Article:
As Dad, I cannot imagine life without him. It is going to be very hard. His love for us all was demonstrable. Kisses and cuddles were constant. And we talked – oh how we talked! Despite ours and his foibles, mistakes and failures, he did that un-Scottish thing: he saw the good in all of us. The water of that river may be muddy at times, but for us, he remained the same man. His values, along with his kindness, love of family, humour and decency will be passed down the generations of Reids to come.

Eileen Reid, Jimmy’s daughter

I don’t know how good an engineer Jimmy was but as a user of journalism’s modern technology he was hopeless. Words were his means of income for 25 years after he reinvented himself as a commentator but processing them from a computer screen to The Herald often led to calamity. Very often the job of seeing the Reid column safely delivered to the editorial department was best left to colleagues or his family. Jimmy flirted with the tabloids for a while. At different times he wrote columns for the Scottish edition of the Sun – Neil Kinnock had argued for a Labour voice in a generally hostile media environment – and the Daily Record. But Jimmy was never comfortable with the Murdochs and Maxwells. He regarded Murdoch’s power as an anti-democratic injustice and he was scandalised by Labour’s fear of the Sun. His Record column, cleverly titled JR (the villain in the Dallas soap was popular at the time) had a big following but there were tales of heavy editorial direction, which dismayed him. And he was always one to resist the tabloids’ fondness for columnists’ comment on trivia. He was too big a thinker for that and, besides, he did not like being told what to think and he did not like Robert Maxwell nor Maxwell’s notorious contempt for his own employees.

So his best journalistic efforts were poured into television where broadcasters, eternally searching for new talent, found themselves a natural performer, and into his Herald columns throughout the 1990s. Such was his lack of self-regard that he once phoned me in a panic asking where he could buy a copy of his own book, Power without Principles, which was an anthology of his Herald columns. He did not possess one himself and had forgotten the name of the publisher! In television he embraced the camera as if it was a close friend. A viewer could almost feel Jimmy’s arm around him in the living room proffering a drink as he enthused over his latest subject. The Baftas and other awards were the inevitable result but however able Jimmy was on the telly his métier was the written word.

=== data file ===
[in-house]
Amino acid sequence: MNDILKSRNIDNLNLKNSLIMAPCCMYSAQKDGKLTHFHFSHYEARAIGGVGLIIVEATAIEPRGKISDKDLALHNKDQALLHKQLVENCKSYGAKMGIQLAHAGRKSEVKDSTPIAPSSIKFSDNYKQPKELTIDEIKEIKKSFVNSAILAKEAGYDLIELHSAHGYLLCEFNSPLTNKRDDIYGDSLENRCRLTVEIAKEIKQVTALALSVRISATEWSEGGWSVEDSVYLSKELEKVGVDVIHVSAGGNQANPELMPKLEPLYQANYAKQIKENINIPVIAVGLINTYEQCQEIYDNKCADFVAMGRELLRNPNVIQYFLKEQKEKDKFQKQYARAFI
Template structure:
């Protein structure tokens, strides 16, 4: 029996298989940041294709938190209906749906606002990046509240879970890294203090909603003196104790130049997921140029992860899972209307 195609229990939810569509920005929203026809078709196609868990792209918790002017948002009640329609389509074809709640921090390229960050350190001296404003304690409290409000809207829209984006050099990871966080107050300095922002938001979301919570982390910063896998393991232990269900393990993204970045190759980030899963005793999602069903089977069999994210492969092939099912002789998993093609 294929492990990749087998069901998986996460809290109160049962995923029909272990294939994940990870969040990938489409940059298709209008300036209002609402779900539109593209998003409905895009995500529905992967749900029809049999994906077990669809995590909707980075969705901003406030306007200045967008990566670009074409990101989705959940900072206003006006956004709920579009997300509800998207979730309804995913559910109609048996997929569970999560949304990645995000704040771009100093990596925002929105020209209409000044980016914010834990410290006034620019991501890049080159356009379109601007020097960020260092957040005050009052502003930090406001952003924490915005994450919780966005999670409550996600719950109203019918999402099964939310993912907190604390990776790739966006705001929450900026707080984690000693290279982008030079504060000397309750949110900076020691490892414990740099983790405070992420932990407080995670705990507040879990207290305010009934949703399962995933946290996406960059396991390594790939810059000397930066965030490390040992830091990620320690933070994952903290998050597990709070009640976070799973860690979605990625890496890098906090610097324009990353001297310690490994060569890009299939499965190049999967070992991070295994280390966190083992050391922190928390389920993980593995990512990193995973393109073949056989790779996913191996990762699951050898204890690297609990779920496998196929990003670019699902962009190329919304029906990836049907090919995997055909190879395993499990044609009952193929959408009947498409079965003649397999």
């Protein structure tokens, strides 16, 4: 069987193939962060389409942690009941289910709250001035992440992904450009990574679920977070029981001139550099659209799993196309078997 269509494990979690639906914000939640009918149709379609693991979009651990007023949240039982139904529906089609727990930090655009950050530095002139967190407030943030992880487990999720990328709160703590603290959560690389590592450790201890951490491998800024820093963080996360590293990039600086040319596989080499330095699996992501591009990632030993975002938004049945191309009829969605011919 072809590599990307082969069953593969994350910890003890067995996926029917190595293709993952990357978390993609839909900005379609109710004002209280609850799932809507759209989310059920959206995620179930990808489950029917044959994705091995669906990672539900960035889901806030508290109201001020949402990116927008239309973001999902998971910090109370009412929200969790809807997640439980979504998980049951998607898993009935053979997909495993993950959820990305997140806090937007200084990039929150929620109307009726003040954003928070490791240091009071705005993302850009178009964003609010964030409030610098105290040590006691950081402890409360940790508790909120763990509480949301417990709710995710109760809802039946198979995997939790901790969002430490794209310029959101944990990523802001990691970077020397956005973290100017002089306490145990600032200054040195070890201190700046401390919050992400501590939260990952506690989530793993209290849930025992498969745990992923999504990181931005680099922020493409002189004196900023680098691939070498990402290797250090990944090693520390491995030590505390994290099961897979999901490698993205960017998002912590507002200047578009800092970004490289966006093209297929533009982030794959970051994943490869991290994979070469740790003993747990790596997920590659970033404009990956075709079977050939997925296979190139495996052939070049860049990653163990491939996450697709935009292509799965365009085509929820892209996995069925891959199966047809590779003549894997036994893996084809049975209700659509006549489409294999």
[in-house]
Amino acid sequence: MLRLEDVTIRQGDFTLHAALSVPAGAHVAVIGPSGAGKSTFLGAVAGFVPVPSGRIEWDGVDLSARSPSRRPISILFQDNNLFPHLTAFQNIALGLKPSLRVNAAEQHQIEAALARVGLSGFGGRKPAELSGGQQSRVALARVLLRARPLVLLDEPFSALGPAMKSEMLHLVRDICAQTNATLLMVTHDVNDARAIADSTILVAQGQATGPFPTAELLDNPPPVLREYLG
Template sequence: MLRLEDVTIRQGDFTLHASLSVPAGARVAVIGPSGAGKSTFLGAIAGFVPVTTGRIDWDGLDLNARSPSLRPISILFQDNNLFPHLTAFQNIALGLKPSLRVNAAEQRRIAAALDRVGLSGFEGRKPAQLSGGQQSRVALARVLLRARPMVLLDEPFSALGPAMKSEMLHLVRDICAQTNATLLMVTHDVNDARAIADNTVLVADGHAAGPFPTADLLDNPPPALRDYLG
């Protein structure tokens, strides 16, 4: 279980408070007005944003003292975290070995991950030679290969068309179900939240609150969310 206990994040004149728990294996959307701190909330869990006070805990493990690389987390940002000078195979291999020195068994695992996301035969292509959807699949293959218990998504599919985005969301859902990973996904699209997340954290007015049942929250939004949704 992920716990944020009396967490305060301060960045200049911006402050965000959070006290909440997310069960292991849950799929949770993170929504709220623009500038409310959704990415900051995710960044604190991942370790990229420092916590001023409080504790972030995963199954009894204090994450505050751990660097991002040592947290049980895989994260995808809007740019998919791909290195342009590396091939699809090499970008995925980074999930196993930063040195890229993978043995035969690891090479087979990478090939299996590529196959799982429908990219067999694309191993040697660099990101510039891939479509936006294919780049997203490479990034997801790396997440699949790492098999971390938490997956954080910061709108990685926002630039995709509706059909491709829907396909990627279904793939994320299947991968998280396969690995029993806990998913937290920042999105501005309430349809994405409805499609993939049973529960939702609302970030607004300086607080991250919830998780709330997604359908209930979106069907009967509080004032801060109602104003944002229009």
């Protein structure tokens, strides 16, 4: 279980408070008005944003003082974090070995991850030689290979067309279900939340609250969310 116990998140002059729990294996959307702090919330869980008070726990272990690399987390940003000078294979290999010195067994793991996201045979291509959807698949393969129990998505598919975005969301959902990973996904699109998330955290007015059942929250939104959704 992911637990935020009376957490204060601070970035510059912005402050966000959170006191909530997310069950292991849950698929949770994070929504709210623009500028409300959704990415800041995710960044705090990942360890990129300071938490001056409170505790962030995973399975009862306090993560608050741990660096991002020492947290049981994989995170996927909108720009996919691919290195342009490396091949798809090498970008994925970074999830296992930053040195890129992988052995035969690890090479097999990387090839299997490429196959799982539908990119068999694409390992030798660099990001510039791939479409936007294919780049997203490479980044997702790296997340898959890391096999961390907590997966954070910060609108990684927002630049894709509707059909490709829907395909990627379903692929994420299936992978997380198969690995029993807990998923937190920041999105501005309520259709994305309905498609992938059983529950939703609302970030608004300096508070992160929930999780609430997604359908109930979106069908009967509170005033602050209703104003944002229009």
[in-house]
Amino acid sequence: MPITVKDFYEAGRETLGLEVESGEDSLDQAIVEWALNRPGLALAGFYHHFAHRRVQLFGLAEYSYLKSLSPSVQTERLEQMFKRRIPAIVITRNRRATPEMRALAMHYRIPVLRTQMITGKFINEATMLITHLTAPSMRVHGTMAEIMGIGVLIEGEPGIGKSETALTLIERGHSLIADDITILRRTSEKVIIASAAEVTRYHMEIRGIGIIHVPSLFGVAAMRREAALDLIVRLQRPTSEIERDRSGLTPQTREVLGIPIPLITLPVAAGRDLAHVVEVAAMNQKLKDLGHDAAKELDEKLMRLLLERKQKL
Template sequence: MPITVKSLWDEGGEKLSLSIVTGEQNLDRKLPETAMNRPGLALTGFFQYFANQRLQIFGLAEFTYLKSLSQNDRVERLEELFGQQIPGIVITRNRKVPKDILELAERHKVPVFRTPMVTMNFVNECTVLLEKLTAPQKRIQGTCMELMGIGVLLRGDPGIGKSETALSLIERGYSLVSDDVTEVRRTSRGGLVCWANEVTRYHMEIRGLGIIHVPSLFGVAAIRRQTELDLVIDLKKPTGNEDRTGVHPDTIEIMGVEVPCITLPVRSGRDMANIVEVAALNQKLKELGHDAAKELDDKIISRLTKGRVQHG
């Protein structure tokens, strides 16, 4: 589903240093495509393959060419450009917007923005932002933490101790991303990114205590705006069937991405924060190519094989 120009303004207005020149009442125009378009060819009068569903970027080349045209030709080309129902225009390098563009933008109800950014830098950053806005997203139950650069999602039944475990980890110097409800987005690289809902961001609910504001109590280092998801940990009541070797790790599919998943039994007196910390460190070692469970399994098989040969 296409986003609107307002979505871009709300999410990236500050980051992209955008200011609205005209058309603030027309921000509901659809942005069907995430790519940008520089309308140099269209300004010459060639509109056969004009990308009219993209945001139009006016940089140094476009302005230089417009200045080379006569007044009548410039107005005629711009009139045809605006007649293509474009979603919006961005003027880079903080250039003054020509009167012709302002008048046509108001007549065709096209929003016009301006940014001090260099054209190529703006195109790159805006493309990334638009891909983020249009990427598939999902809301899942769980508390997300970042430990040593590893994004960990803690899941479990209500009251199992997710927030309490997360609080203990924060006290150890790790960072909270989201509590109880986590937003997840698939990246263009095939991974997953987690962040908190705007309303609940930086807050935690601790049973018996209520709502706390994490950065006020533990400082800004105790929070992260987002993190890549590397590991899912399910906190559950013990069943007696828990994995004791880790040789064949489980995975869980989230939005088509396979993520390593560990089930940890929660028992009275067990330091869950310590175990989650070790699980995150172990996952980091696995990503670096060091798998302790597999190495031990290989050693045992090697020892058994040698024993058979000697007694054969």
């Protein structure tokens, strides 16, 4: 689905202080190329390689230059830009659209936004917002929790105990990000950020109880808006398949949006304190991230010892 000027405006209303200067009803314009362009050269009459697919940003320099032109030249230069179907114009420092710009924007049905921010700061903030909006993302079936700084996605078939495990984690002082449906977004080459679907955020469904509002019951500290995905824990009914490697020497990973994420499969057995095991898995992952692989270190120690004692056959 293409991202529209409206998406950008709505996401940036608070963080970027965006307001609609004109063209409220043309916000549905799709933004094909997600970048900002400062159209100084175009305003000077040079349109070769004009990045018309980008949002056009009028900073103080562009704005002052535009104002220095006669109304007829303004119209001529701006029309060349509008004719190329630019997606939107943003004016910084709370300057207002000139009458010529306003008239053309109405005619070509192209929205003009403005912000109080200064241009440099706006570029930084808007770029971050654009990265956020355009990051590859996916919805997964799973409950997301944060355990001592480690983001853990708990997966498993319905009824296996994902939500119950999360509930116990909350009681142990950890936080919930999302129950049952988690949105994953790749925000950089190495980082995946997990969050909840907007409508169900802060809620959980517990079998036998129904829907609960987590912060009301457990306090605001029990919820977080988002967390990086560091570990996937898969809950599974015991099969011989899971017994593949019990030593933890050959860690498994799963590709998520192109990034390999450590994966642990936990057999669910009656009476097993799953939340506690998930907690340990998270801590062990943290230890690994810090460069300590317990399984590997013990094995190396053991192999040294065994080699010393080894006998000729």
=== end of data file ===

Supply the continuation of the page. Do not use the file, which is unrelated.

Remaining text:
“I consider myself dead jammy, hoachie, and any other word you can think of that means inordinately lucky. I make a living out of what I most want to do,” he wrote.

Whether as television critic or as columnist he poured out opinion with characteristic warmth and passion and when he talked politics – which was most of the time – with profound knowledge. How New Labour quaked when he thundered his denunciations and, later, began gravitating towards the SNP and independence. He had the greatest of journalistic talents, the ability to explain complicated issues in clear and unambiguous terms – and make his copy entertaining. In a Reid column you could always expect a good joke and heartfelt argument as he took up arms for protecting society’s most vulnerable. “I’m a warrior,” he said, “a warrior who trades in words.” And Jimmy’s words – his beautiful way with language – proved that the pen can indeed be mightier than the sword.

Murray Ritchie is former Scottish Political Editor of The Herald